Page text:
the structures are to be found at the site today. The region was periodically occupied by a variety of native tribes who were forced westward by the expansion of European settlements. The occupying tribes included the Potawatomi, Ottawa, and Ojibwe. On April 20, 1769, an Illinois Confederation warrior assassinated Chief Pontiac while he was on a diplomatic mission in Cahokia. According to local legend, the Ottawa along with their allies the Potawatomi, attacked a band of Illini along the Illinois River. The Illini climbed to the butte to seek refuge from the attack. The Ottawa and Potawatomi continued the siege until the Illini starved to death. After hearing the story, Europeans referred to the butte as Starved Rock. A fort, or even a stockade, at la Roches would have been a strategic site for the new colony of La Louisiane. The fort is the closest structure to the interior and buttressed defenses against English colonial incursions. For some inexplicable reason, Delisle left la Roches off the map that was intended to convey strategic information to the young King Louis XV and Regent, Phillipe II. An English map, derived from D'Anville, shows elements that likely were lifted from the Delisle map. The D'Anville map was subsequently used in the 1755 Douglass map. D'Anville's map, "Carte de la Louisiane" was published in 1732 and is currently part of the David Rumsey collection.3 The following is description of D'Anville as a cartographer and of his works in general: "Most of D'Anville's atlases were made up for the individual customer, so it appears that no two are alike. Many of the maps are multisheet maps that have here been joined, so the actual map sheet count is about 45. This set is accompanied by a printed list of "Cartes Geographiques de M. D'Anville" with the maps numbered 1-38 in ms, corresponding to the maps in the atlas. This sheet also lists "Ouvrages par ecrit, et qui ont ete imprimes." One of the listed books is dated 1777. D'Anville's maps have a clarity and directness that is very "modern." He read widely, and incorporated the best available geographic knowledge into his work. The English and others copied from his maps extensively. Many of the maps were missing when we acquired this atlas, and have been added subsequently.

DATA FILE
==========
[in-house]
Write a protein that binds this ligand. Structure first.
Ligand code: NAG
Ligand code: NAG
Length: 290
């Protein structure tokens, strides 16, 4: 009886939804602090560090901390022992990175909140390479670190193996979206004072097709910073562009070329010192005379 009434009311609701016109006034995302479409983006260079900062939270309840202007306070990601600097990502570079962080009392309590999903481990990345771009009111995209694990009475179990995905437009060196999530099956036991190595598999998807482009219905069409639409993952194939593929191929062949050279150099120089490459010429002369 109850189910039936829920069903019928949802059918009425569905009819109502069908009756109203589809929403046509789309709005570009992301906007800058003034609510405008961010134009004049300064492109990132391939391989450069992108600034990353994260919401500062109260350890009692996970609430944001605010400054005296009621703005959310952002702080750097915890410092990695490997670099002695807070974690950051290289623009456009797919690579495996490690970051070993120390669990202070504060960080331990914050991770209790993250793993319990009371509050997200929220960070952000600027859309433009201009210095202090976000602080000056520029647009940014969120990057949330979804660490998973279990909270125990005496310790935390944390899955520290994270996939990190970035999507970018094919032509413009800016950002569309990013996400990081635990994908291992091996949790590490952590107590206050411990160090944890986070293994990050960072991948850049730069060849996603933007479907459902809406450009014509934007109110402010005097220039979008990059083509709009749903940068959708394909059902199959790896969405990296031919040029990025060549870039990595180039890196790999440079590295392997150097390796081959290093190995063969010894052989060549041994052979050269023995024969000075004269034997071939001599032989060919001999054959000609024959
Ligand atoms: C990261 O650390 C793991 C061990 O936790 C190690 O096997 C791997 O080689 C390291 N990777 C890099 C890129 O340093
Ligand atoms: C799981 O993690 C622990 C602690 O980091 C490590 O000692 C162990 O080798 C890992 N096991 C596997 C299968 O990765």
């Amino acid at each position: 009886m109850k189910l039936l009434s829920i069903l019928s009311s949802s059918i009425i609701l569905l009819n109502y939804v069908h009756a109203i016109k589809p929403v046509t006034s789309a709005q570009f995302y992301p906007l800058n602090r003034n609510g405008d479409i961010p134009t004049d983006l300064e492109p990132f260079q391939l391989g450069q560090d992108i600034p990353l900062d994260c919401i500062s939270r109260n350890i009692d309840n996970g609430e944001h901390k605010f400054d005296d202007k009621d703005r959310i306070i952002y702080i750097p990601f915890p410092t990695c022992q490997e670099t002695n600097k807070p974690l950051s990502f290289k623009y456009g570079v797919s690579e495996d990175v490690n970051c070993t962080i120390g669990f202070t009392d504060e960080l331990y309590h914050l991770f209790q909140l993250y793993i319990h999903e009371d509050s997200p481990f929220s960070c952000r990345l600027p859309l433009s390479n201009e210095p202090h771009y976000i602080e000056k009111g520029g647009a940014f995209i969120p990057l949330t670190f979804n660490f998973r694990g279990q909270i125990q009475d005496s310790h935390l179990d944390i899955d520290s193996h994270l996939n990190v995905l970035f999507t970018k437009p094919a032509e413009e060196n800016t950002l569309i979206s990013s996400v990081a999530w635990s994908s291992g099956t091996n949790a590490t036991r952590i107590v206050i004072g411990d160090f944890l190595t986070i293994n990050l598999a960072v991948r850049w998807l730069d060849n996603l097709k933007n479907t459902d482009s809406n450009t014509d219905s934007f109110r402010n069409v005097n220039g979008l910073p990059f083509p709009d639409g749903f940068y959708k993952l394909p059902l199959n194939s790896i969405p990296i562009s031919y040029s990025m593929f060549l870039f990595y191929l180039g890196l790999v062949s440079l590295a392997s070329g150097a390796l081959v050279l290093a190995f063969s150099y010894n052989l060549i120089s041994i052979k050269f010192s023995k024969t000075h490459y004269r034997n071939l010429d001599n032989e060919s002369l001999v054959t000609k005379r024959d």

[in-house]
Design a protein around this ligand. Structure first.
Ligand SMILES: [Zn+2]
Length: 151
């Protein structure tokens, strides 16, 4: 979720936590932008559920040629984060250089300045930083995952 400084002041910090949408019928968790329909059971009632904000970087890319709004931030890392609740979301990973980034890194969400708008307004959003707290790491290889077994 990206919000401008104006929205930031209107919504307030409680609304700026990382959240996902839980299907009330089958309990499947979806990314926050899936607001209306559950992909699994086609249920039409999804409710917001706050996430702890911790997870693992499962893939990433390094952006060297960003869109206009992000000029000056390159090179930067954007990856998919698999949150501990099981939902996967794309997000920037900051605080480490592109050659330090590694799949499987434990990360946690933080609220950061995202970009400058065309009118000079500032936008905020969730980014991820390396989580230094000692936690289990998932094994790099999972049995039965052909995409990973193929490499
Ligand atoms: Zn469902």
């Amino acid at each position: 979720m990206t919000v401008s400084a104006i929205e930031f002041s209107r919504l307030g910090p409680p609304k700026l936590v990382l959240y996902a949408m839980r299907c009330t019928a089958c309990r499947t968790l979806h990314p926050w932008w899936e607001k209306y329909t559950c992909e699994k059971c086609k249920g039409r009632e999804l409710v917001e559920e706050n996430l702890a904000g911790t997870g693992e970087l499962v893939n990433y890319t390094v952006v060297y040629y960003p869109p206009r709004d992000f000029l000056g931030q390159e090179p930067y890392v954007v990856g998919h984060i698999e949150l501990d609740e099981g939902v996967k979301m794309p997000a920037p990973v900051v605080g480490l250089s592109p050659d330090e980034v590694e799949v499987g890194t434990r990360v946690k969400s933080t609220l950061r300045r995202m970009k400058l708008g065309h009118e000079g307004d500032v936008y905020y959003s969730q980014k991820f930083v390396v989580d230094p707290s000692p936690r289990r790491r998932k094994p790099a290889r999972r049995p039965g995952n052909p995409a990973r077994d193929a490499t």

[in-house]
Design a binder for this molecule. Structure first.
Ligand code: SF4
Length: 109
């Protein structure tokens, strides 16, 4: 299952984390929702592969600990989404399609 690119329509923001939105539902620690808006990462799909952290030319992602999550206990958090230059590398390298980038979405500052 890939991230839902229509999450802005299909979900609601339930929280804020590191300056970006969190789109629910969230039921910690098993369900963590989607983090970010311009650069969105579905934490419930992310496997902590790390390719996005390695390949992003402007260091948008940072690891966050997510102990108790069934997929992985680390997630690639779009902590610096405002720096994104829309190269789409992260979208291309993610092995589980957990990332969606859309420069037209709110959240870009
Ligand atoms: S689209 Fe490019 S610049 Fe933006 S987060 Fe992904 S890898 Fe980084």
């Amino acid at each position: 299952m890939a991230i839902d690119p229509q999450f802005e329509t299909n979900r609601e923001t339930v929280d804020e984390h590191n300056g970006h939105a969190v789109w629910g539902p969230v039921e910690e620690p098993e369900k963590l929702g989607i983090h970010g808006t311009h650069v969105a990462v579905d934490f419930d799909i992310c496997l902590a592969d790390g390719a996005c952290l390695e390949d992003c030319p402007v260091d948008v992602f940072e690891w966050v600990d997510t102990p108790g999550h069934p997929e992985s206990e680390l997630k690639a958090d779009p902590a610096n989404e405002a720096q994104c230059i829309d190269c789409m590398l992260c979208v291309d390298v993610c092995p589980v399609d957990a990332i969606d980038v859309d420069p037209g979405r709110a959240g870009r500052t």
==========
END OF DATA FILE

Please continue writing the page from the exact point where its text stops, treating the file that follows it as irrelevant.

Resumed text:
. ―North America from the French of Mr. D’Anville Improved with the Back Settlements of Virginia and Course of Ohio Illustrated with Geographical and Historical Remarks.‖ London: Published by Thomas Jefferys, 1755. Dimensions of entire sheet: 20 ¾ X 18 ¾ inches. Dimensions of image: 19 15/16 X 17 7/8 inches. Originally tipped into A Summary, Historical and Political of the First Planting, Progressive Improvements, and Present State of the British Settlements in North-America. By William Douglass. (Boston, 1755).